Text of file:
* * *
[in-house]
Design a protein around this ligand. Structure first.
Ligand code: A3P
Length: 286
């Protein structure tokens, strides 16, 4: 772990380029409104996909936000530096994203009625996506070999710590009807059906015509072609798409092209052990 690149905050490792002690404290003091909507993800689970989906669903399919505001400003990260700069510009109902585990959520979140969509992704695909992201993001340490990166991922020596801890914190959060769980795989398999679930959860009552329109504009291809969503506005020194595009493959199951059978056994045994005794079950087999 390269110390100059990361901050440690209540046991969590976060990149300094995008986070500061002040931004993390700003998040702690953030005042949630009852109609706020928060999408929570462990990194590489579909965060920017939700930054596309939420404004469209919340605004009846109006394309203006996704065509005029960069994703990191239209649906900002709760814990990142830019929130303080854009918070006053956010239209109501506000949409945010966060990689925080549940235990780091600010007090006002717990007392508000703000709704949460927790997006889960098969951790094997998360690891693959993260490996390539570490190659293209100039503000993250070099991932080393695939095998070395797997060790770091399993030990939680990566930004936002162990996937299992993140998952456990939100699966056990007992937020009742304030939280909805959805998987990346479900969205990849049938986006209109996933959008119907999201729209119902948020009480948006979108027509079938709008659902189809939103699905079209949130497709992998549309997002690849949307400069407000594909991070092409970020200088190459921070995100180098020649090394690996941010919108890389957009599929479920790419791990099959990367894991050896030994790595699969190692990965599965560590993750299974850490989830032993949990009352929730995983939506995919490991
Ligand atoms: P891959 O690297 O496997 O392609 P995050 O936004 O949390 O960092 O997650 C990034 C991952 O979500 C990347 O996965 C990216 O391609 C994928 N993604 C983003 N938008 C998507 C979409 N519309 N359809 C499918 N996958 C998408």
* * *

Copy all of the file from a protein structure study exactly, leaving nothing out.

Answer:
[in-house]
Design a protein around this ligand. Structure first.
Ligand code: A3P
Length: 286
């Protein structure tokens, strides 16, 4: 772990380029409104996909936000530096994203009625996506070999710590009807059906015509072609798409092209052990 690149905050490792002690404290003091909507993800689970989906669903399919505001400003990260700069510009109902585990959520979140969509992704695909992201993001340490990166991922020596801890914190959060769980795989398999679930959860009552329109504009291809969503506005020194595009493959199951059978056994045994005794079950087999 390269110390100059990361901050440690209540046991969590976060990149300094995008986070500061002040931004993390700003998040702690953030005042949630009852109609706020928060999408929570462990990194590489579909965060920017939700930054596309939420404004469209919340605004009846109006394309203006996704065509005029960069994703990191239209649906900002709760814990990142830019929130303080854009918070006053956010239209109501506000949409945010966060990689925080549940235990780091600010007090006002717990007392508000703000709704949460927790997006889960098969951790094997998360690891693959993260490996390539570490190659293209100039503000993250070099991932080393695939095998070395797997060790770091399993030990939680990566930004936002162990996937299992993140998952456990939100699966056990007992937020009742304030939280909805959805998987990346479900969205990849049938986006209109996933959008119907999201729209119902948020009480948006979108027509079938709008659902189809939103699905079209949130497709992998549309997002690849949307400069407000594909991070092409970020200088190459921070995100180098020649090394690996941010919108890389957009599929479920790419791990099959990367894991050896030994790595699969190692990965599965560590993750299974850490989830032993949990009352929730995983939506995919490991
Ligand atoms: P891959 O690297 O496997 O392609 P995050 O936004 O949390 O960092 O997650 C990034 C991952 O979500 C990347 O996965 C990216 O391609 C994928 N993604 C983003 N938008 C998507 C979409 N519309 N359809 C499918 N996958 C998408």